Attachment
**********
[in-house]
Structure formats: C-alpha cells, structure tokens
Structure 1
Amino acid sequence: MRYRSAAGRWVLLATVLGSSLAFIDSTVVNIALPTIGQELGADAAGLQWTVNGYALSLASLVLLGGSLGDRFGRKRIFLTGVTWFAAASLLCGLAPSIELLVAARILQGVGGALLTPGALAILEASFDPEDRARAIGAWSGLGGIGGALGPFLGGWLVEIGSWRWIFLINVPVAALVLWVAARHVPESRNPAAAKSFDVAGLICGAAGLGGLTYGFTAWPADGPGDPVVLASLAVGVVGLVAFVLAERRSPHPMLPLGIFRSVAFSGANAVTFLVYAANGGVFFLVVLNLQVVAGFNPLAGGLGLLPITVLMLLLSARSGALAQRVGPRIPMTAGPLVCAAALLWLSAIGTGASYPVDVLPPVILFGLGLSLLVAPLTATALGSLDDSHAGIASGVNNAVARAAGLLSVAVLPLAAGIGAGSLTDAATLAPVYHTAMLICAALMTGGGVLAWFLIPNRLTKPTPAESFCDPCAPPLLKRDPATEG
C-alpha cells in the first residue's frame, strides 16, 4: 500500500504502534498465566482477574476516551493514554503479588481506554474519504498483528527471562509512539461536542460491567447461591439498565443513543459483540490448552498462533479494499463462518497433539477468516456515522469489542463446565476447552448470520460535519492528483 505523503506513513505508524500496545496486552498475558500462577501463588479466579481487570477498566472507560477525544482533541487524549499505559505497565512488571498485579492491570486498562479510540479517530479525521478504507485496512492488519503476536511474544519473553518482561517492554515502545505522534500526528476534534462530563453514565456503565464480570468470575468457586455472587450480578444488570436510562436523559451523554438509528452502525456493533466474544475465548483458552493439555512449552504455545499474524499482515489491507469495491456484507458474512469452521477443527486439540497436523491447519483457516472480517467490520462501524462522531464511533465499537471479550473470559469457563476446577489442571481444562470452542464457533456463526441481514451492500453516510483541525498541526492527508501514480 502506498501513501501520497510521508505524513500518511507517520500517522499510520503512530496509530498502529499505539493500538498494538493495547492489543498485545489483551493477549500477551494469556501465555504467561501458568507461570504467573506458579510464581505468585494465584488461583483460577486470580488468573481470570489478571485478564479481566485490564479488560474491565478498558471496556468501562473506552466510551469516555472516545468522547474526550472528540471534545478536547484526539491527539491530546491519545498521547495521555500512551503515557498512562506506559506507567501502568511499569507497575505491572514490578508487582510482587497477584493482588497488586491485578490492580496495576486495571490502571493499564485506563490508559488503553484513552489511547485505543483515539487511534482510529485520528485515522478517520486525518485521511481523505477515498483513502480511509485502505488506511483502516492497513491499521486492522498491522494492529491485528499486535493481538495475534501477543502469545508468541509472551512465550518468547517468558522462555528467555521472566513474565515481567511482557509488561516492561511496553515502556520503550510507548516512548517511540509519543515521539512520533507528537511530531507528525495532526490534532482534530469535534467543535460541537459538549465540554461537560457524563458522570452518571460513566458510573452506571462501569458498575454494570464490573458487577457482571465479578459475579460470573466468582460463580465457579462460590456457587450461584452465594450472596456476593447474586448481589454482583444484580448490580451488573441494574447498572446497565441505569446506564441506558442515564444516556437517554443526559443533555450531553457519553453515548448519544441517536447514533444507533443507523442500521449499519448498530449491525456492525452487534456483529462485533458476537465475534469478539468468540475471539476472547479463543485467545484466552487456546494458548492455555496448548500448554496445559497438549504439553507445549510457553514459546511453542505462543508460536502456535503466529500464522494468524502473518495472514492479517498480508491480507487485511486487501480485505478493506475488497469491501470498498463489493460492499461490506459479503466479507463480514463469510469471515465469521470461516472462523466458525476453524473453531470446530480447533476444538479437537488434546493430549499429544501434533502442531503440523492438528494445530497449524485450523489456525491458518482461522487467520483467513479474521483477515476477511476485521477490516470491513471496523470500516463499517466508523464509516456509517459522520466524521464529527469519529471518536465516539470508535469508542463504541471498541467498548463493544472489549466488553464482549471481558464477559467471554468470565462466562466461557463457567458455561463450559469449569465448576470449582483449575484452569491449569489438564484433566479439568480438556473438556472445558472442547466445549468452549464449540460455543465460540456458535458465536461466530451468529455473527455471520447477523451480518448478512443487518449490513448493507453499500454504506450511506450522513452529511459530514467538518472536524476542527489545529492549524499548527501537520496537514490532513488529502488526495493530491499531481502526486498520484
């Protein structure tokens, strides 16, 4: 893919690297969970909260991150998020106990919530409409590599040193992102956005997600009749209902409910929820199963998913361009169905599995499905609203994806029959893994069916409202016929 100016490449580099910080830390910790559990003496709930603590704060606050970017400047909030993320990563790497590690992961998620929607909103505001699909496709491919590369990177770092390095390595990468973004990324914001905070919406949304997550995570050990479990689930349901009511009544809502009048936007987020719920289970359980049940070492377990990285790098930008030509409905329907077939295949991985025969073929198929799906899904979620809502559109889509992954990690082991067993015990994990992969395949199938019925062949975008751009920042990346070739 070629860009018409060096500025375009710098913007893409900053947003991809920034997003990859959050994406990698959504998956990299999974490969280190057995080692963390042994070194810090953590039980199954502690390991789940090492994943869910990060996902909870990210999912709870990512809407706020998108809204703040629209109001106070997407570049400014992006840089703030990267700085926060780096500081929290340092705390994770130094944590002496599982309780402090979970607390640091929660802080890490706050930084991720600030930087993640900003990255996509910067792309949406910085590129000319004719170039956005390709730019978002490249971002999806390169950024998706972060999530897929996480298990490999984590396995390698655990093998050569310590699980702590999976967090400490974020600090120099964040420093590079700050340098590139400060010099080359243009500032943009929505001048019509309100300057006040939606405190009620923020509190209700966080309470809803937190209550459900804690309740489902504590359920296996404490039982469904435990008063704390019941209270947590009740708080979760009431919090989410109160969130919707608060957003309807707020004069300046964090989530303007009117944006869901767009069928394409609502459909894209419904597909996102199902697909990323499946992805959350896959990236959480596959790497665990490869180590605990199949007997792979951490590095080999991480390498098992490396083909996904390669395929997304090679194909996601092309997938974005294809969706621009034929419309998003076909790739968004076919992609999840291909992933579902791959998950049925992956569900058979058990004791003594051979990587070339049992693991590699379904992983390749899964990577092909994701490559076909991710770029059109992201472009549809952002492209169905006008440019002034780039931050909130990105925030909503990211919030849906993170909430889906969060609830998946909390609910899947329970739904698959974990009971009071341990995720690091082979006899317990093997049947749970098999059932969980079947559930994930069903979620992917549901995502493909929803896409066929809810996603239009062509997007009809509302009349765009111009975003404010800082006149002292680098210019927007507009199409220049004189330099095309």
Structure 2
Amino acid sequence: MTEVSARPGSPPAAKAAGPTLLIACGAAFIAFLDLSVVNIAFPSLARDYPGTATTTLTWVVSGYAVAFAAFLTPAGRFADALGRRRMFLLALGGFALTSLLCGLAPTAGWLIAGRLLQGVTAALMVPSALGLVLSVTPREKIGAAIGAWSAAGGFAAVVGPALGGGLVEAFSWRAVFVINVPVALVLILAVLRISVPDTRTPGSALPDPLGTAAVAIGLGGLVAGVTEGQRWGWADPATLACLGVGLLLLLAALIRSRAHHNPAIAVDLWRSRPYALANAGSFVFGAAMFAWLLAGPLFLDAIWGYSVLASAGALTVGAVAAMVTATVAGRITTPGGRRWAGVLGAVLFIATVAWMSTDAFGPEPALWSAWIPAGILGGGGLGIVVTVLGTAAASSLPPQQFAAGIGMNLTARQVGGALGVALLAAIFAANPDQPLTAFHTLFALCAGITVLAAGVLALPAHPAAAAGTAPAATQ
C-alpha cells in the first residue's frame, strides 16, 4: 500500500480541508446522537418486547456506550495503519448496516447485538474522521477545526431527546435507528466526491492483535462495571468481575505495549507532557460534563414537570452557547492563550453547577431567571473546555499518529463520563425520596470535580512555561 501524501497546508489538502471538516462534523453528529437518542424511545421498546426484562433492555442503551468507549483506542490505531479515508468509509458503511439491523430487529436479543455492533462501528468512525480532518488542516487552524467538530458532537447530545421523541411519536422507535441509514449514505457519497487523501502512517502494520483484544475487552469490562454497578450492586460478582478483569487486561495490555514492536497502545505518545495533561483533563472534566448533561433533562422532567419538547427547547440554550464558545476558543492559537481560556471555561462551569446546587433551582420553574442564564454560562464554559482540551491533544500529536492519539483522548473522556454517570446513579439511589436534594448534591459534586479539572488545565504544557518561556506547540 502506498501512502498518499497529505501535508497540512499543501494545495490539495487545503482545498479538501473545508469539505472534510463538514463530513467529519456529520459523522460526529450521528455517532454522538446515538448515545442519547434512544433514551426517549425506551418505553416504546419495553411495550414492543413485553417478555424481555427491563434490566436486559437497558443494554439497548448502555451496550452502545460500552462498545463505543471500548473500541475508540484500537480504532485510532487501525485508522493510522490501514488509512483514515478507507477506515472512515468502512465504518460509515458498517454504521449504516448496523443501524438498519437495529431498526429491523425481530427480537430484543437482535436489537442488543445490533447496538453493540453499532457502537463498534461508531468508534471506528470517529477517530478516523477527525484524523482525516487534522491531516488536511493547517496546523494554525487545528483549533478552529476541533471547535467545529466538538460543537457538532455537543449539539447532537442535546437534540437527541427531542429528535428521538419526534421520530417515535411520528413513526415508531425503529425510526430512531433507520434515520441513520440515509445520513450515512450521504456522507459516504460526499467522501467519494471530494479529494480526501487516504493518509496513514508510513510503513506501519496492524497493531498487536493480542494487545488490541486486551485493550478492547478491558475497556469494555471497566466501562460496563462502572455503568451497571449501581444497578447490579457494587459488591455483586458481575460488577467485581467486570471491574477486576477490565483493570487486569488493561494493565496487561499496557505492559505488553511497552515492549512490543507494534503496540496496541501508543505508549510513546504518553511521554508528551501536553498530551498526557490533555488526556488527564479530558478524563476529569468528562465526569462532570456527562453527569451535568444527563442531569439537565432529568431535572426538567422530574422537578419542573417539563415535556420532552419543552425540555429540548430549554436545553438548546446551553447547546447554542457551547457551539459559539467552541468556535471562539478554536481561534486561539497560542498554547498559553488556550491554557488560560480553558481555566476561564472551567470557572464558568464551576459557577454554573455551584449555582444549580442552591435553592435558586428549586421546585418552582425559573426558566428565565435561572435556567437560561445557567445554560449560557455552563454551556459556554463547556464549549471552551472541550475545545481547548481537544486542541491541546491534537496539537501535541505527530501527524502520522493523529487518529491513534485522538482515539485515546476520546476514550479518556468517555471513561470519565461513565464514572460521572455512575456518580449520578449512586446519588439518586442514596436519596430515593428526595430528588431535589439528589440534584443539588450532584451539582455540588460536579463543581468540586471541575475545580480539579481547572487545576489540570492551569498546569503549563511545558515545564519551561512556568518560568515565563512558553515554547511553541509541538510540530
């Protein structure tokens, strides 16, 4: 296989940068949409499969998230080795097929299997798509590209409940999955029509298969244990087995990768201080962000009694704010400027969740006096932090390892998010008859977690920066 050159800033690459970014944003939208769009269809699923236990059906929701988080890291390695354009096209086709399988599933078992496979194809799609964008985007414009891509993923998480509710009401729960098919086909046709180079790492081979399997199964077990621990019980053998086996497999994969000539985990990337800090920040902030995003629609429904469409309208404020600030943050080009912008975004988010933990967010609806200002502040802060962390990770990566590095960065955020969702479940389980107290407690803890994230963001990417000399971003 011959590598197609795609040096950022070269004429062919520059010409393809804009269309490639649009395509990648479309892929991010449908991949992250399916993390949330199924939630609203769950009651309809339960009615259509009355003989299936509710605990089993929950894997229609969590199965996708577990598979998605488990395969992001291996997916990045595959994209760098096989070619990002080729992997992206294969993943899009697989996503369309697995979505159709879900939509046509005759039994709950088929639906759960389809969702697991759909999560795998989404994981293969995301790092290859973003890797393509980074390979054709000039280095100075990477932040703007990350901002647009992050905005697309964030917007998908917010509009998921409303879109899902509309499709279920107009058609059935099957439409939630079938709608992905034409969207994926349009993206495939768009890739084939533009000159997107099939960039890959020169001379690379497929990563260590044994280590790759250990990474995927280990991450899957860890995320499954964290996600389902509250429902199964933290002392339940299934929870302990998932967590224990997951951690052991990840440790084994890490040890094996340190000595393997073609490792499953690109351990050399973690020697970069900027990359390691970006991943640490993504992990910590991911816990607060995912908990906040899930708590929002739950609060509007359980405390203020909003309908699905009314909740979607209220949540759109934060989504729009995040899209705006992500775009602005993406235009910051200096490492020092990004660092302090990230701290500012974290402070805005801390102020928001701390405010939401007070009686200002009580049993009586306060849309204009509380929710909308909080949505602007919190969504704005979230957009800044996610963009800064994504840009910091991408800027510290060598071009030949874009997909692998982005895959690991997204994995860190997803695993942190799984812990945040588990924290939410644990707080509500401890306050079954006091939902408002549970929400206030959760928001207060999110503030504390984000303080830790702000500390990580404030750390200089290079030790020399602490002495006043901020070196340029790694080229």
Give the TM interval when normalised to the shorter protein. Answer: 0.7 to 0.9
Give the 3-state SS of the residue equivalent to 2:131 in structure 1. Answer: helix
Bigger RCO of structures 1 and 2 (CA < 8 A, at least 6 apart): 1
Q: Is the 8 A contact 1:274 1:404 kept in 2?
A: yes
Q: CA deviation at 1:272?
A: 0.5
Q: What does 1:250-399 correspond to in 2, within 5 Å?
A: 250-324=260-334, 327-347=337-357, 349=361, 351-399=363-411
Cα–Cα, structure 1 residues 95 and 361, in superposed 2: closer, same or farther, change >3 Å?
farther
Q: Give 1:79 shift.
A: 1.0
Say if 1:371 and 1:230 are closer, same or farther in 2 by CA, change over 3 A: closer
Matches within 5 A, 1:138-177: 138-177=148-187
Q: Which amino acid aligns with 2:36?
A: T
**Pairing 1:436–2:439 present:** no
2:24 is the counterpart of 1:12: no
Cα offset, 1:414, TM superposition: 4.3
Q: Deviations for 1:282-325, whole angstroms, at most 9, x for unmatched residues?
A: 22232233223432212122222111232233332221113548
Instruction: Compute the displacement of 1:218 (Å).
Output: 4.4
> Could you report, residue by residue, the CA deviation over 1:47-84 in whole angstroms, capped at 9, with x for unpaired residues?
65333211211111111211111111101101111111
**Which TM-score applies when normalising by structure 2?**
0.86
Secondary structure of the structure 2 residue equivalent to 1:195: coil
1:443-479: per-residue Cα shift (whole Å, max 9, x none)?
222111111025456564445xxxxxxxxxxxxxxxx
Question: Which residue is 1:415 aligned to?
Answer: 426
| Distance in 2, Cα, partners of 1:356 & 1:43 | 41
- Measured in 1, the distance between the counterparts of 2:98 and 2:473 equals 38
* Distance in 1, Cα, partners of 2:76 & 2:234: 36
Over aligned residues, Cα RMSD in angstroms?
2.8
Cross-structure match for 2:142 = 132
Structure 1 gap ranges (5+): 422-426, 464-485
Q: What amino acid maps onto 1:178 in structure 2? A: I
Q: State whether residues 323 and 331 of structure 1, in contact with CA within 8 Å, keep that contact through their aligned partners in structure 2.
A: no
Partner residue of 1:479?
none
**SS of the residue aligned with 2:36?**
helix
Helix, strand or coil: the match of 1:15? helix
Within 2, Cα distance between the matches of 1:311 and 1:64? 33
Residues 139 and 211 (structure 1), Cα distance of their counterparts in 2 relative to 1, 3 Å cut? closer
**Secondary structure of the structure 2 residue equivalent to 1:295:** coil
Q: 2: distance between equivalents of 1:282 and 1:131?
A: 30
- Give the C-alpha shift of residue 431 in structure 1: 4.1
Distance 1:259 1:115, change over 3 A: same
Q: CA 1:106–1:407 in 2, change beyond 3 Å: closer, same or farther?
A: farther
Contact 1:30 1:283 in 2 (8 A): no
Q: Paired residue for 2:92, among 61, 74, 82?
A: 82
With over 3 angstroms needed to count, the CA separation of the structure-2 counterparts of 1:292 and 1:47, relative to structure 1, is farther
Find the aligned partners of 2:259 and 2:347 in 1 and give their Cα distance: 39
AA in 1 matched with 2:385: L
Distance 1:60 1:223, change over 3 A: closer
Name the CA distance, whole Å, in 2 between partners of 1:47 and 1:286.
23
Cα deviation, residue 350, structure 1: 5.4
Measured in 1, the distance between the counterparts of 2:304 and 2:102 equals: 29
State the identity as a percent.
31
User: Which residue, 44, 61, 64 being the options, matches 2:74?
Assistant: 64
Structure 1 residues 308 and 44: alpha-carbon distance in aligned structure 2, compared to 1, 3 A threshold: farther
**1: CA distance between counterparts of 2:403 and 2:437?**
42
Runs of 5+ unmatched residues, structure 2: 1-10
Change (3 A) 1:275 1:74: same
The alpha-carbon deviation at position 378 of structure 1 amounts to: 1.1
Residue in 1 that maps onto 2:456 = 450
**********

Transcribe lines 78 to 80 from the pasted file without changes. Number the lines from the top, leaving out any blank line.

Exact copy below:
Measured in 1, the distance between the counterparts of 2:304 and 2:102 equals: 29
State the identity as a percent.
31